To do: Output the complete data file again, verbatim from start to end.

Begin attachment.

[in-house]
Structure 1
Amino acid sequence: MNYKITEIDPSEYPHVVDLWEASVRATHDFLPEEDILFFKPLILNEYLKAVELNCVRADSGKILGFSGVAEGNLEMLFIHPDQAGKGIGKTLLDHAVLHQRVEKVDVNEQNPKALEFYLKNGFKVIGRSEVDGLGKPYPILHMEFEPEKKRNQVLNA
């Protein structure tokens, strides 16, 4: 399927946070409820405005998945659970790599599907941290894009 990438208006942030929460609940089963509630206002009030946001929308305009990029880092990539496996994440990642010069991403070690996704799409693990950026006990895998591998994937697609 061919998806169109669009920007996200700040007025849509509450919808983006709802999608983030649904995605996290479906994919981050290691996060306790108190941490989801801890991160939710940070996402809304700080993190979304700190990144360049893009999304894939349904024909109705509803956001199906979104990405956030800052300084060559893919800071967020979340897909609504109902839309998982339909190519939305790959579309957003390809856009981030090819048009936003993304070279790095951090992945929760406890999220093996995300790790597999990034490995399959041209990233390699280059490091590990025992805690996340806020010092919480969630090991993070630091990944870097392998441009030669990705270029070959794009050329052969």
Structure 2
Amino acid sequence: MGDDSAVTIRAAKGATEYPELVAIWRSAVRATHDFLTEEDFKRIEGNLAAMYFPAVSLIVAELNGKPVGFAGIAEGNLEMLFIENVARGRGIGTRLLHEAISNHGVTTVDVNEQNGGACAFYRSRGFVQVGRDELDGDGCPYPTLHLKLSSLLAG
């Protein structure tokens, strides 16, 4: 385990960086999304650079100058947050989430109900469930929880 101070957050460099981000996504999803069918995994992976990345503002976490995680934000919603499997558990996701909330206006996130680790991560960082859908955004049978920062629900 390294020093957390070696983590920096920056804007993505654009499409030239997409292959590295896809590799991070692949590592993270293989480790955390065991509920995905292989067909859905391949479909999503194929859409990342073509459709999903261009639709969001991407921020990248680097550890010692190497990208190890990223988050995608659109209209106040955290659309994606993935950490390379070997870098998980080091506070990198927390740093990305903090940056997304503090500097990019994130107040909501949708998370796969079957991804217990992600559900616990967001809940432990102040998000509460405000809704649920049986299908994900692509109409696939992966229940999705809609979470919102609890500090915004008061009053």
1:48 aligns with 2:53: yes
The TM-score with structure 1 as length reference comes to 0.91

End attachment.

[in-house]
Structure 1
Amino acid sequence: MNYKITEIDPSEYPHVVDLWEASVRATHDFLPEEDILFFKPLILNEYLKAVELNCVRADSGKILGFSGVAEGNLEMLFIHPDQAGKGIGKTLLDHAVLHQRVEKVDVNEQNPKALEFYLKNGFKVIGRSEVDGLGKPYPILHMEFEPEKKRNQVLNA
């Protein structure tokens, strides 16, 4: 399927946070409820405005998945659970790599599907941290894009 990438208006942030929460609940089963509630206002009030946001929308305009990029880092990539496996994440990642010069991403070690996704799409693990950026006990895998591998994937697609 061919998806169109669009920007996200700040007025849509509450919808983006709802999608983030649904995605996290479906994919981050290691996060306790108190941490989801801890991160939710940070996402809304700080993190979304700190990144360049893009999304894939349904024909109705509803956001199906979104990405956030800052300084060559893919800071967020979340897909609504109902839309998982339909190519939305790959579309957003390809856009981030090819048009936003993304070279790095951090992945929760406890999220093996995300790790597999990034490995399959041209990233390699280059490091590990025992805690996340806020010092919480969630090991993070630091990944870097392998441009030669990705270029070959794009050329052969």
Structure 2
Amino acid sequence: MGDDSAVTIRAAKGATEYPELVAIWRSAVRATHDFLTEEDFKRIEGNLAAMYFPAVSLIVAELNGKPVGFAGIAEGNLEMLFIENVARGRGIGTRLLHEAISNHGVTTVDVNEQNGGACAFYRSRGFVQVGRDELDGDGCPYPTLHLKLSSLLAG
């Protein structure tokens, strides 16, 4: 385990960086999304650079100058947050989430109900469930929880 101070957050460099981000996504999803069918995994992976990345503002976490995680934000919603499997558990996701909330206006996130680790991560960082859908955004049978920062629900 390294020093957390070696983590920096920056804007993505654009499409030239997409292959590295896809590799991070692949590592993270293989480790955390065991509920995905292989067909859905391949479909999503194929859409990342073509459709999903261009639709969001991407921020990248680097550890010692190497990208190890990223988050995608659109209209106040955290659309994606993935950490390379070997870098998980080091506070990198927390740093990305903090940056997304503090500097990019994130107040909501949708998370796969079957991804217990992600559900616990967001809940432990102040998000509460405000809704649920049986299908994900692509109409696939992966229940999705809609979470919102609890500090915004008061009053």
1:48 aligns with 2:53: yes
The TM-score with structure 1 as length reference comes to 0.91